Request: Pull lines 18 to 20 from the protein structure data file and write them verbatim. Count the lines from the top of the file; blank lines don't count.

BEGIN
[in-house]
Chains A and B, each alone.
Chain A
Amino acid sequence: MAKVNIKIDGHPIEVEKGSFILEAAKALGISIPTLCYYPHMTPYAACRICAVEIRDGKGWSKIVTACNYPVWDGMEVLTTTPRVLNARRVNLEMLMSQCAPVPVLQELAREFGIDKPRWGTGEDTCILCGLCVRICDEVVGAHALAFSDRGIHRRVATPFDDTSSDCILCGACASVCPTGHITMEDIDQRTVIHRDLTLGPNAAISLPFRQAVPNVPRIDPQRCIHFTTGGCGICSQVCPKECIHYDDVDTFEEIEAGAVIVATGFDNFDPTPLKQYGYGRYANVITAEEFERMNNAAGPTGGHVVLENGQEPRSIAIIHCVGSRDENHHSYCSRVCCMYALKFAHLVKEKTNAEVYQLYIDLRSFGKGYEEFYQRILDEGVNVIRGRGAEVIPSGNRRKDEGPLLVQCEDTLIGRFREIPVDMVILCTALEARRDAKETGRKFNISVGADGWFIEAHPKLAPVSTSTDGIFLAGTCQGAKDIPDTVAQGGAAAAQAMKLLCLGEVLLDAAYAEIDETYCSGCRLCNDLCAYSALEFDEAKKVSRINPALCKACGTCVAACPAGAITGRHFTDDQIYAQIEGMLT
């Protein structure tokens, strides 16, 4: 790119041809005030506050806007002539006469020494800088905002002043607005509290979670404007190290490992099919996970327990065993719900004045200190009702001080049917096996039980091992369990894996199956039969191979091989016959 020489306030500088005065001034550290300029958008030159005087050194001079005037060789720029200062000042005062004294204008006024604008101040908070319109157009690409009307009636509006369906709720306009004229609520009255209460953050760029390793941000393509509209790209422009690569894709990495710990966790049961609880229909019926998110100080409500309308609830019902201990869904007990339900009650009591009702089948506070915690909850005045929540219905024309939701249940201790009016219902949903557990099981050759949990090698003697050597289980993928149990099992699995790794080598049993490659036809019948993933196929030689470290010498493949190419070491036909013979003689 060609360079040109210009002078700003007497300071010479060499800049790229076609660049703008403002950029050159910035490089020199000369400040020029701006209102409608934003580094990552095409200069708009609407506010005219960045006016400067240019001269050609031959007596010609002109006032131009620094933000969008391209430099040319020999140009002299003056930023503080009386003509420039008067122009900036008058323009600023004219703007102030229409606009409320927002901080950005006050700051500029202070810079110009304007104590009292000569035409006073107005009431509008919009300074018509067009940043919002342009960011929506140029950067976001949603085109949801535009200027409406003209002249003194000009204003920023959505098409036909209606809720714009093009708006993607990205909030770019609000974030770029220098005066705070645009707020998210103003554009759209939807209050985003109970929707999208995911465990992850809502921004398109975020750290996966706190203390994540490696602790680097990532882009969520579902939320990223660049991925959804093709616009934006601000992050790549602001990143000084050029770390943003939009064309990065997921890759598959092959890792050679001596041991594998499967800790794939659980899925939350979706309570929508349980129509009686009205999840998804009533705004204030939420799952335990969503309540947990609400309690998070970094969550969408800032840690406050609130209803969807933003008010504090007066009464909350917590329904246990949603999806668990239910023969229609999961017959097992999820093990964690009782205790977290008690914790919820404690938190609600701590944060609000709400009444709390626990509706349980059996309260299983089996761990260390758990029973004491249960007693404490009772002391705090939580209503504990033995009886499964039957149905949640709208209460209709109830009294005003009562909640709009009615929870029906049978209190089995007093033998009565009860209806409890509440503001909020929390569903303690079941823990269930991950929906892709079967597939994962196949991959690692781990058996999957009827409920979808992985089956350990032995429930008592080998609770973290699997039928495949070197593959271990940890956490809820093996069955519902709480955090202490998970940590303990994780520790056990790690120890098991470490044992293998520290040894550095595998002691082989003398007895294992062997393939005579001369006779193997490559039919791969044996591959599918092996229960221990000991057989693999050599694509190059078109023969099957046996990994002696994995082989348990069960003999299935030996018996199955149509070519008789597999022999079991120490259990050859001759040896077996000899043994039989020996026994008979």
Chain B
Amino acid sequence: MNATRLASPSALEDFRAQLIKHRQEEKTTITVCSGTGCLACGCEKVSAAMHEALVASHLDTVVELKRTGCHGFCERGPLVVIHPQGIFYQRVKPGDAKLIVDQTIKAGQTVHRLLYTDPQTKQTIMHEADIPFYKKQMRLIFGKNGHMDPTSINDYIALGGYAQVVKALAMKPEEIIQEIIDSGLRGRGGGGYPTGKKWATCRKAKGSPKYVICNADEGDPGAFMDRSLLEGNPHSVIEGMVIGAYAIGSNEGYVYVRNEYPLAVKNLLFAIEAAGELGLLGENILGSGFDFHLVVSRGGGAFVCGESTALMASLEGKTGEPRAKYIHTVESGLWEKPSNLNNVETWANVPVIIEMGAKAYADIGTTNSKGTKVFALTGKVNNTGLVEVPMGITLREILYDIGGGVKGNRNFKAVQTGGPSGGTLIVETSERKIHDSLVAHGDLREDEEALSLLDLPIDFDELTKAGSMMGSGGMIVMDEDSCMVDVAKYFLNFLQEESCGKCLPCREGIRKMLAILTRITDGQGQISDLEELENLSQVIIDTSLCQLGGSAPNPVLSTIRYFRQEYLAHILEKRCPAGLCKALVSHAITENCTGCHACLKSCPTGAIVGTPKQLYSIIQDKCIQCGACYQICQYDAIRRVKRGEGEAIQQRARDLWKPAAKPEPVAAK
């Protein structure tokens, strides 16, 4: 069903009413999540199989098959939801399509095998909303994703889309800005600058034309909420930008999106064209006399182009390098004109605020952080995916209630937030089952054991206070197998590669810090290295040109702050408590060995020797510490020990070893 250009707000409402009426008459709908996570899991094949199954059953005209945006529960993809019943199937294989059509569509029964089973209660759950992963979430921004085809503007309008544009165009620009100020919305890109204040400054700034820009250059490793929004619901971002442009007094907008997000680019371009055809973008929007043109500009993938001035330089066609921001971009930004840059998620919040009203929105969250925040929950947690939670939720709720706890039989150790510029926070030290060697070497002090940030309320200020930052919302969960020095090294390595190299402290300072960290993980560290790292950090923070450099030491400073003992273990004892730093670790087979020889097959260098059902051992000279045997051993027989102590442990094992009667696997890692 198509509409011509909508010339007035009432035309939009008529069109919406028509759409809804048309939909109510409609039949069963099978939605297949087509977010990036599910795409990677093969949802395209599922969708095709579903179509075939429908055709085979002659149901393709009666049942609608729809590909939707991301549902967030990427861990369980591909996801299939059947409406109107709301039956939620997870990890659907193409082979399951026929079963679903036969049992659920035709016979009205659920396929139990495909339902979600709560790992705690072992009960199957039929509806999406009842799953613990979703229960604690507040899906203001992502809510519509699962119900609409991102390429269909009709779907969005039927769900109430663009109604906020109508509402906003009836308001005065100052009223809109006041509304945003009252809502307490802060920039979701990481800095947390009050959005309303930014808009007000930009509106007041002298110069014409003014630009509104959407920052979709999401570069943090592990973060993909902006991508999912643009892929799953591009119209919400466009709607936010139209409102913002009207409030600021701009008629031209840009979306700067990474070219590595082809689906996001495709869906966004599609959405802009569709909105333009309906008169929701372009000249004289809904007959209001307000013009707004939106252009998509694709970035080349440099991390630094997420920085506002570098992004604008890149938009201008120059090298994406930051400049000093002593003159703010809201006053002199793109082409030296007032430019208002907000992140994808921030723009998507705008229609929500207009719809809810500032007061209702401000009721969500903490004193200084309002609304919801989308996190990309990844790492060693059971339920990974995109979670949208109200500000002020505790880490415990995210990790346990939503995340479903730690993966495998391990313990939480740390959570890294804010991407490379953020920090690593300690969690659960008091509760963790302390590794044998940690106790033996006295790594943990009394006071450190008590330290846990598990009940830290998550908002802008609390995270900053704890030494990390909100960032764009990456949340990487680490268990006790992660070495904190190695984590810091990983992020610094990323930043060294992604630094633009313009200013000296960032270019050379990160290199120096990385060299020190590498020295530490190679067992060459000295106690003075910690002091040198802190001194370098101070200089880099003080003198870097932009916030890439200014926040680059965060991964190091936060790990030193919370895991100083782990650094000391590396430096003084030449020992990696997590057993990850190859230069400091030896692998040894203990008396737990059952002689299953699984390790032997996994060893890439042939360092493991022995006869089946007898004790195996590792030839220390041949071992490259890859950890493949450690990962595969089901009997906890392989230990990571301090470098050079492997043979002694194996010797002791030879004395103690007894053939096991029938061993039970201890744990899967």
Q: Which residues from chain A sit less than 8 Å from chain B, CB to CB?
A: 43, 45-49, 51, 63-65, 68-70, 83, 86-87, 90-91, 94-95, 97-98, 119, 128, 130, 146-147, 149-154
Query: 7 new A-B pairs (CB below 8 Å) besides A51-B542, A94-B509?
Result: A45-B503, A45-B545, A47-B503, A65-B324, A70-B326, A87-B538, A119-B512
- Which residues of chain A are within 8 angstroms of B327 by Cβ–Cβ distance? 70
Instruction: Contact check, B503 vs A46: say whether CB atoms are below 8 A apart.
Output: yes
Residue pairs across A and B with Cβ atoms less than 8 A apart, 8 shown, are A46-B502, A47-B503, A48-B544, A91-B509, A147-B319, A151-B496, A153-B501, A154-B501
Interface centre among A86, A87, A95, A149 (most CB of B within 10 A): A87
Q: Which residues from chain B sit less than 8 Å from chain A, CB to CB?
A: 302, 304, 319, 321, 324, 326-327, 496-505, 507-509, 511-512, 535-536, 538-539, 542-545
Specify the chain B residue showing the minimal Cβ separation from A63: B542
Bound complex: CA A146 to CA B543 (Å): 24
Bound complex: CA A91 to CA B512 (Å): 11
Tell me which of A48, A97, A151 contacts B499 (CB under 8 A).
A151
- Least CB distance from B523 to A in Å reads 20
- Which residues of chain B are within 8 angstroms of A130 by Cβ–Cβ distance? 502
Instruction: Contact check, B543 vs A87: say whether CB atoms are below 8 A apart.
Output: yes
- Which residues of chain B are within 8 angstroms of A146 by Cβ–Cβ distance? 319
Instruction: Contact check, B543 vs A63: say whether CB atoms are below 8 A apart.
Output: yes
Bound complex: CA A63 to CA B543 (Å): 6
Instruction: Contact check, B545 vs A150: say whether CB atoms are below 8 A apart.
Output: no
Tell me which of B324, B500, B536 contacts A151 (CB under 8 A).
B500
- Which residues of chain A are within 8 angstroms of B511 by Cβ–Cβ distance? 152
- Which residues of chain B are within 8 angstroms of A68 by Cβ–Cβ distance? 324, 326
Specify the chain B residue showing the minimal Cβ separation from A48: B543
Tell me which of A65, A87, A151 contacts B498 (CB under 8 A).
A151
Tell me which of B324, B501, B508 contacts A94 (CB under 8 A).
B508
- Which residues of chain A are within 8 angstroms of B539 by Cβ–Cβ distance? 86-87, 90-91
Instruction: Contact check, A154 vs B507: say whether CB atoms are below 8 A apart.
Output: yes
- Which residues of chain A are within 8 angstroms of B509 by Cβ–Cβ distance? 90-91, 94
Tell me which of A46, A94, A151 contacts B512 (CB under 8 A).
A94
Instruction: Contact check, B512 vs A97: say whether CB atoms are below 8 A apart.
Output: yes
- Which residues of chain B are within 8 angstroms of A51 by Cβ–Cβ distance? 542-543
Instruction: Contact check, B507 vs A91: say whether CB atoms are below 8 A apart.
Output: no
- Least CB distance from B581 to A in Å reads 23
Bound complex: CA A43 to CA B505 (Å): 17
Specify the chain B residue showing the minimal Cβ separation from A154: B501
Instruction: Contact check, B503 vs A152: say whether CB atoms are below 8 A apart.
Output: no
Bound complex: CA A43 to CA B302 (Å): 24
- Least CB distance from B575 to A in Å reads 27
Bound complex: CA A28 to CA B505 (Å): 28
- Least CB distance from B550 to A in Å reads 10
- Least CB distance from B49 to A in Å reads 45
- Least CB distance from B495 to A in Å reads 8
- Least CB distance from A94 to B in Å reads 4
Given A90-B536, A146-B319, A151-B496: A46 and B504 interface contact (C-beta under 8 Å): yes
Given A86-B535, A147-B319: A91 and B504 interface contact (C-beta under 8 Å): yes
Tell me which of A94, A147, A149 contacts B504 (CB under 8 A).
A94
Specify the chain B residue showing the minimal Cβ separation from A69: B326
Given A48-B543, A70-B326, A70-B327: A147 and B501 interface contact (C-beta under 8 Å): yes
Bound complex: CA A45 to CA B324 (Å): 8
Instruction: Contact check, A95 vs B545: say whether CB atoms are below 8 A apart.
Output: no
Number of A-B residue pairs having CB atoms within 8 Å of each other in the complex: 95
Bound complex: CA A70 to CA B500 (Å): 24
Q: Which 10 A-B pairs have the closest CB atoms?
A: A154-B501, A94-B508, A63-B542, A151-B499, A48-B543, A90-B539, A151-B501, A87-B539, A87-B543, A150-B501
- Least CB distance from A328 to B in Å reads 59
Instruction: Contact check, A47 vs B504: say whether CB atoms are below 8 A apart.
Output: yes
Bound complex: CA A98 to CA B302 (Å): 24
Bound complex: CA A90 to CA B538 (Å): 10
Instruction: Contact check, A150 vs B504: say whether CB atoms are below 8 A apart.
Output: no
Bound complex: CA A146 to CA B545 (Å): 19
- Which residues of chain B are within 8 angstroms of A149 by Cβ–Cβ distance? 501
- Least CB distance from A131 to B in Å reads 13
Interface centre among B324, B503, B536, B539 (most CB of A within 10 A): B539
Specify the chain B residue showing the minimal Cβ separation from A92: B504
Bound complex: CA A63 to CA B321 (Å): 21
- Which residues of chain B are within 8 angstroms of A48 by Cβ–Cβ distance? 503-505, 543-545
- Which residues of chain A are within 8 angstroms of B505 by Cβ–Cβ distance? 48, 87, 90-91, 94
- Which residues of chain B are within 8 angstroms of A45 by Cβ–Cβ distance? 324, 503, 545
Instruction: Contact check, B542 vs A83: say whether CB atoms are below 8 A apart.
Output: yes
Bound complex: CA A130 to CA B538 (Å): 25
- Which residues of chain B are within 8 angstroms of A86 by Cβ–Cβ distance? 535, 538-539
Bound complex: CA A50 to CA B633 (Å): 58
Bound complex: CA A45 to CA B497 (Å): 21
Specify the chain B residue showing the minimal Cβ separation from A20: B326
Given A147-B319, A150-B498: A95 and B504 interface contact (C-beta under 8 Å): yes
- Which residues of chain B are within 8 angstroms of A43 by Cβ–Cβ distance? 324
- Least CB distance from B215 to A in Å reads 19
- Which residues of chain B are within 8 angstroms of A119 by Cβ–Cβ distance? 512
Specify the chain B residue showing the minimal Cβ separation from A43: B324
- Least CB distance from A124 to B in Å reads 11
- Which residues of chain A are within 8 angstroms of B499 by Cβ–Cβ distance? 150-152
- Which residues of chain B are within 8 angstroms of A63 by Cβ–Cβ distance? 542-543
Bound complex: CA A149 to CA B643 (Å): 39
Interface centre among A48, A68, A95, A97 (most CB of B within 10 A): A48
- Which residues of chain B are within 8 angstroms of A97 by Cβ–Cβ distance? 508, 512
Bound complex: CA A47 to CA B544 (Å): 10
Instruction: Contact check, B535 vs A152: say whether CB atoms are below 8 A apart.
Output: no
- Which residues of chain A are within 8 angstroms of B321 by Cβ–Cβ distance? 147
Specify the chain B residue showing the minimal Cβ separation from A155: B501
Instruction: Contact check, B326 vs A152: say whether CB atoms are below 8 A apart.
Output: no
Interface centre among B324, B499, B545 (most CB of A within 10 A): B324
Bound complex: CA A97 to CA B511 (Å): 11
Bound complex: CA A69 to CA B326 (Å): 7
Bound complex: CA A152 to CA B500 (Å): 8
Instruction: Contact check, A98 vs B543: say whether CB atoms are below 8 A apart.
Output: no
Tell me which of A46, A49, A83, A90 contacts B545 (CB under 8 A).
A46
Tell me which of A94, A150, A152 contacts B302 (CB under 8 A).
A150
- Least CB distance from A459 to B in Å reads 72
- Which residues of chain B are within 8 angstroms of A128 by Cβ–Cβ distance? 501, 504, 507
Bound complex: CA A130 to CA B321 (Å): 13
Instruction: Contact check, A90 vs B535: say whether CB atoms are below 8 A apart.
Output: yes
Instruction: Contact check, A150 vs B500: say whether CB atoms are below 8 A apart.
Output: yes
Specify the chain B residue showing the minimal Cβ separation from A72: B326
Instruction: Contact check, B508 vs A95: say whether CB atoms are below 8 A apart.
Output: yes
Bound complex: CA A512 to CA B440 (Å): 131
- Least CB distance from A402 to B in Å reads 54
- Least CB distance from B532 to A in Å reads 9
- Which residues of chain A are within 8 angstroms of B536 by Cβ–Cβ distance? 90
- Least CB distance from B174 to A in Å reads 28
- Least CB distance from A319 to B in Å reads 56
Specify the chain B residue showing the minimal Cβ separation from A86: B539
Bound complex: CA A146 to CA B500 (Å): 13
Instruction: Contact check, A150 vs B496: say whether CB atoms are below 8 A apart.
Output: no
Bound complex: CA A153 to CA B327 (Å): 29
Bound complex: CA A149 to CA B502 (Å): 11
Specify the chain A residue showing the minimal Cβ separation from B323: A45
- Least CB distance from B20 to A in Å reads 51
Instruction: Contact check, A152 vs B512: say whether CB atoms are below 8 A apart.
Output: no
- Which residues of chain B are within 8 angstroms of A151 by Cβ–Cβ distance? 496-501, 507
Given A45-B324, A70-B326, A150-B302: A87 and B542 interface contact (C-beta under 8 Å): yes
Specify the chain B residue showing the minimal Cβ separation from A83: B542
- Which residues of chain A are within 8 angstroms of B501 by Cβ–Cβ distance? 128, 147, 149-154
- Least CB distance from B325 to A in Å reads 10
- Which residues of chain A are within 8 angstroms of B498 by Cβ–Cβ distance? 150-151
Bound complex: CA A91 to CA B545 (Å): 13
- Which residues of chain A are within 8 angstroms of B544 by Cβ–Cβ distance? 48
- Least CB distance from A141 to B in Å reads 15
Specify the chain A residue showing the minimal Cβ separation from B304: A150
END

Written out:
Q: Which residues from chain B sit less than 8 Å from chain A, CB to CB?
A: 302, 304, 319, 321, 324, 326-327, 496-505, 507-509, 511-512, 535-536, 538-539, 542-545
Specify the chain B residue showing the minimal Cβ separation from A63: B542